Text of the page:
2 scoops of protein powder
1-2 cups of vegetables (like spinach, which doesn’t affect the taste)
2 handfuls of fruit (fresh or frozen)
2 tablespoons of healthy fat (a nut butter or seed for example)
Mixer (almond milk, regular milk, water — your choice)
1 scoop of protein powder
1 cup of vegetables
Handful of fruit
1 tablespoon of healthy fat
Mixer (almond milk, regular milk, water — your choice)
These recipes bring up another topic of concern — gender differences. Workout supplements are often viewed as a male-dominated industry, but protein powders are also effective for women. St. Pierre points out, however, that women have different nutritional needs than men. In general, they need less protein per pound of bodyweight (primarily due to differences in body composition). For that reason, St. Pierre initially recommends for females to use one scoop instead of two. However, he’s quick to admit that the “cut in half” lesson isn’t the definitive solution. “It’s not that women need exactly half as much as men…Ultimately, it’s just giving you a framework to start something. You can adjust it from there based on your needs,” says St. Pierre.
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Gender differences aside, if these shakes are so nutrient-dense, why shouldn’t you just blend up a shaker bottle for each meal and ditch cooking (and dirty dishes) for good? St. Pierre cautions that although the shakes are great, they still aren’t the same as whole food. “There is more nutrients inherent to whole foods then there ever will be in a powder,” he says. You can also sometimes lose nutritional value drinking your nutrients and vitamins instead of eating them. For that reason, he recommends supplementing with no more than two shakes in one day (even that is pushing it). The key is to use shakes in a pinch and rely on whole food sources for the rest of your meals.
With the advent of the post-workout window — a thin slice of time to intake nutrients after a workout for the biggest benefit — protein shakes and shaker bottles became a necessity for a gym trip. If you didn’t slug a shake before you walked out the door, the notion went, you were compromising recovery time and crippling the benefits you could reap from your workout. Protein supplementation post-workout has been shown to be beneficial, particularly in helping individuals recover after a tough session and potentially increase muscle and strength gain. However, the post-exercise window may have been a bit overblown. St. Pierre acknowledges that post-workout nutrition is important but not as much as you may have previously thought. “Basically, it’s not a bad thing to have a shake right after you work out, but you don’t have to,” he explains. “Don’t drive yourself crazy thinking that you’ve wasted a workout because you didn’t have a shake right after working out.”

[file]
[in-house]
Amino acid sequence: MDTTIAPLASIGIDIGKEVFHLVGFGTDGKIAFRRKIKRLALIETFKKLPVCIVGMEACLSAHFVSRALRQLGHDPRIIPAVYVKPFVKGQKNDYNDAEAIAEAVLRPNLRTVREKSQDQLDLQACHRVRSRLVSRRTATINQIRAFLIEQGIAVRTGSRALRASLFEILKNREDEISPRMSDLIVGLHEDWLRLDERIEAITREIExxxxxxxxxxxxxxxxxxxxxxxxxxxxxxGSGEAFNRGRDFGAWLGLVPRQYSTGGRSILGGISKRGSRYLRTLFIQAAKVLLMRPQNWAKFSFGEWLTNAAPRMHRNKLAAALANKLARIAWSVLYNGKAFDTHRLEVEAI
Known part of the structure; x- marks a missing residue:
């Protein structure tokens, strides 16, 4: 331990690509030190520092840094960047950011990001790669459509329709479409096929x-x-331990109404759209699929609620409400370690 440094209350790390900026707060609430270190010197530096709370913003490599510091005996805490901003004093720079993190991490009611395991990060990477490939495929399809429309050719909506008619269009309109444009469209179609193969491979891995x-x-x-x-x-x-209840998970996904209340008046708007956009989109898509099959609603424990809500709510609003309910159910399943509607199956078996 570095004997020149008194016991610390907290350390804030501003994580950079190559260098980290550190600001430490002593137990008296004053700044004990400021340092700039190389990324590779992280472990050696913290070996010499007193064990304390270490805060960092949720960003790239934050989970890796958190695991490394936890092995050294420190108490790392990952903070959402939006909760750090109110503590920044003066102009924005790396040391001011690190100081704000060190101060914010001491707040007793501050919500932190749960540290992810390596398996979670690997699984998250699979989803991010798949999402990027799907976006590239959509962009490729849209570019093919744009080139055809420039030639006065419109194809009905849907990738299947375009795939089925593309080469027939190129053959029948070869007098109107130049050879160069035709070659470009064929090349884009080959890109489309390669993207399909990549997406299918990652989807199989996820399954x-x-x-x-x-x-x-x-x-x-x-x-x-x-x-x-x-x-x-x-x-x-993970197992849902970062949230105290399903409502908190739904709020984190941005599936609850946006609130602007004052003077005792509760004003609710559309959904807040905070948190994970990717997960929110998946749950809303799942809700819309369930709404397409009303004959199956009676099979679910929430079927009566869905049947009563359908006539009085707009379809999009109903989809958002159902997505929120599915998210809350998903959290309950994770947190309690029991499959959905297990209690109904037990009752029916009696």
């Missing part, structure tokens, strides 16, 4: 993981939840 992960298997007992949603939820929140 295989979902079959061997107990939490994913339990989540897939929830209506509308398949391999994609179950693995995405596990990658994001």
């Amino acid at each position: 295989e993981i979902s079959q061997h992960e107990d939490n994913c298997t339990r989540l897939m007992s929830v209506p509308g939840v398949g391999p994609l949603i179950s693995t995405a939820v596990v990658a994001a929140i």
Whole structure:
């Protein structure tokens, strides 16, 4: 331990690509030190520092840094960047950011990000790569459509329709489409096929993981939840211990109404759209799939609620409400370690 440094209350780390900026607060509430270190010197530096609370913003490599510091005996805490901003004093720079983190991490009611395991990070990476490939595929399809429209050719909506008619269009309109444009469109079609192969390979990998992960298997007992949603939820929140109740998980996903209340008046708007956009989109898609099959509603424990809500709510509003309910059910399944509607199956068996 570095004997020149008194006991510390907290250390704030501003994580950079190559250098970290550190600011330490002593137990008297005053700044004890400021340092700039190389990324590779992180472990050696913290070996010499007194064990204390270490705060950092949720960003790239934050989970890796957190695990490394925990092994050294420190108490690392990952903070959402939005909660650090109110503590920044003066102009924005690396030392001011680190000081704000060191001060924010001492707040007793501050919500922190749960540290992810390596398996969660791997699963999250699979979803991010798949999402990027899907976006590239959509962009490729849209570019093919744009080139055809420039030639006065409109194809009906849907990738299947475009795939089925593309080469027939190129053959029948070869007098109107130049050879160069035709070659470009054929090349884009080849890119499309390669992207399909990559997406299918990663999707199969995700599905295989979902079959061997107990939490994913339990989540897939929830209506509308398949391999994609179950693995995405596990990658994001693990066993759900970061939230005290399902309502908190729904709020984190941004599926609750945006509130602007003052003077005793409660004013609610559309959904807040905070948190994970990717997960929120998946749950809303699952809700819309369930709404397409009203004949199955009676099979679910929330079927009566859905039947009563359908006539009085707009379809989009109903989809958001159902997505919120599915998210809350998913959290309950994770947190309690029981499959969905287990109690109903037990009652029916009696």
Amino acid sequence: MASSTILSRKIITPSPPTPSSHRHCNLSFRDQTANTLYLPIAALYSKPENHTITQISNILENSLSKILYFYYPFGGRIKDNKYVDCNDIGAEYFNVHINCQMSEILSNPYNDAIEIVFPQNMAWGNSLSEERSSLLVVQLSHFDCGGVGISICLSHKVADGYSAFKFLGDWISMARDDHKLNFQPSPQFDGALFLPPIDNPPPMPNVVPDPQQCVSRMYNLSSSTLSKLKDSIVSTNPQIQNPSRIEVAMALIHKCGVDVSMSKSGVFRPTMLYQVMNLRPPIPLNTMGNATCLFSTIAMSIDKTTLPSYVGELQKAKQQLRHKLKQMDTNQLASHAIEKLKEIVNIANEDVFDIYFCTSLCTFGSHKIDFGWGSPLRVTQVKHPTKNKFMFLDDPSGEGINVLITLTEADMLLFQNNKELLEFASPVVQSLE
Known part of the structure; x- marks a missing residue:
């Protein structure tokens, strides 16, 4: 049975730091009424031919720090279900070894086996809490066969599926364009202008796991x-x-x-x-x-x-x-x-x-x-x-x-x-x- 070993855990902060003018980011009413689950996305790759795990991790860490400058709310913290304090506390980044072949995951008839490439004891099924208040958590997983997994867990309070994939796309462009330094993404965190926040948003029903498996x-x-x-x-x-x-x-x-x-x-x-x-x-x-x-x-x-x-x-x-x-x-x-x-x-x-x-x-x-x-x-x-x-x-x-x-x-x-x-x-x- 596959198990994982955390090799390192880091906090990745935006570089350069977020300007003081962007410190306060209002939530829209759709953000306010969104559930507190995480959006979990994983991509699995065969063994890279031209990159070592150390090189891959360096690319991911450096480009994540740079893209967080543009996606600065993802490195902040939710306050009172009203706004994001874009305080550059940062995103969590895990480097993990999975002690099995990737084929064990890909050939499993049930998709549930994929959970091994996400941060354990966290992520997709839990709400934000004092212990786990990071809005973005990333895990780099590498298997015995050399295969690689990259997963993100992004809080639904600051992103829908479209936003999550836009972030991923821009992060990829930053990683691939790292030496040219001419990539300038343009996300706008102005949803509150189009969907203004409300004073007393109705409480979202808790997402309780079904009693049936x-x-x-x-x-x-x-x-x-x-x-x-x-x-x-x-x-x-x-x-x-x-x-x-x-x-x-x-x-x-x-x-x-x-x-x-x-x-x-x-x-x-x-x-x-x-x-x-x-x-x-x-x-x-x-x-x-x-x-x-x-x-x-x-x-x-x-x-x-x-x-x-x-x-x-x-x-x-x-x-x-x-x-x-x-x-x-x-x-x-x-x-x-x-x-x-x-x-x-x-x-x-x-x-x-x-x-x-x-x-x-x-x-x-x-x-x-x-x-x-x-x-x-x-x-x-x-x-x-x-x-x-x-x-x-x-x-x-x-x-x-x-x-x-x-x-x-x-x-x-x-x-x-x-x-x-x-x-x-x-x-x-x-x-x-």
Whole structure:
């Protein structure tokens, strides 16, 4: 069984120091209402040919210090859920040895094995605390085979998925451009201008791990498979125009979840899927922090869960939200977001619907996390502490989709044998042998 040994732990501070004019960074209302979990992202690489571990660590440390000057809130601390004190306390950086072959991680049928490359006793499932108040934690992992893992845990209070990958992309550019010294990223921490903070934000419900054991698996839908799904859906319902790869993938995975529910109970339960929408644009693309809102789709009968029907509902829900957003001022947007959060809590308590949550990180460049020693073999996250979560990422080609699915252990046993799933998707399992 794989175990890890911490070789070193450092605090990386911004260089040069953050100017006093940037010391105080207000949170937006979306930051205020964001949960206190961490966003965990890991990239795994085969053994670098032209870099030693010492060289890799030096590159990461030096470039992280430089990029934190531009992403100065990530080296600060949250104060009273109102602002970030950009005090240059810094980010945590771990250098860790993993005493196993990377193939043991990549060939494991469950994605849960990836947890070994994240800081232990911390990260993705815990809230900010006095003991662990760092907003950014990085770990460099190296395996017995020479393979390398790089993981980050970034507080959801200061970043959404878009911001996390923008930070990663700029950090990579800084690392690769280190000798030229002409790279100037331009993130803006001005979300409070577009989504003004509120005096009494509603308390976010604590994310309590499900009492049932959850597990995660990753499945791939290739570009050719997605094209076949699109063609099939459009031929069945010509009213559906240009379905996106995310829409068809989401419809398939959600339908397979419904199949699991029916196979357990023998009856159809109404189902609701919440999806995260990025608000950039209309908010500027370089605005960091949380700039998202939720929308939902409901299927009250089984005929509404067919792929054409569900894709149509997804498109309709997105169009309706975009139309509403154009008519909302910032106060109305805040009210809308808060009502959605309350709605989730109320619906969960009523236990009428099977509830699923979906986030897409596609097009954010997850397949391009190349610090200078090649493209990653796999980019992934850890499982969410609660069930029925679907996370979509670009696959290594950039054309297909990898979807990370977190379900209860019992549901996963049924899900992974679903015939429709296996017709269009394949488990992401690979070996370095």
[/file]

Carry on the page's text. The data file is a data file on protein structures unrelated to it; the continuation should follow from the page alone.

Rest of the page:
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So, how should post-workout shakes fit into your nutrition? It’s really up to personal preference. Previously, protein shakes were thought to digest faster in the stomach than whole foods providing muscle-building nutrients to the recovering muscles quicker. St. Pierre explains that new research indicates this isn’t the case. Now, he advises clients use whatever is most convenient. “If you want to have a shake, that’s cool. If you want to make a whole food meal, that’s more than OK, too. Either approach is valid, so it’s personal preference,” says the coach. Stomach sensitivity may also play a role as well. Some individuals have a harder time taking in whole food directly after a workout. In those cases, a shake would be a proper substitution to get in a quick dose of protein.
Protein powders have seemingly become a necessity for an active lifestyle right alongside high-tech fitness trackers and cutting-edge footwear. Although protein shakes may be a convenient way to take in calories, it doesn’t mean that they’re always the best option. Whole food sources are still your best bet for getting vital nutrients. The takeaway is to build your diet with a base of solid food and use protein powder as a — you guessed it — supplement when it’s healthy and convenient.
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Originally published July 2014. Updated March 2017.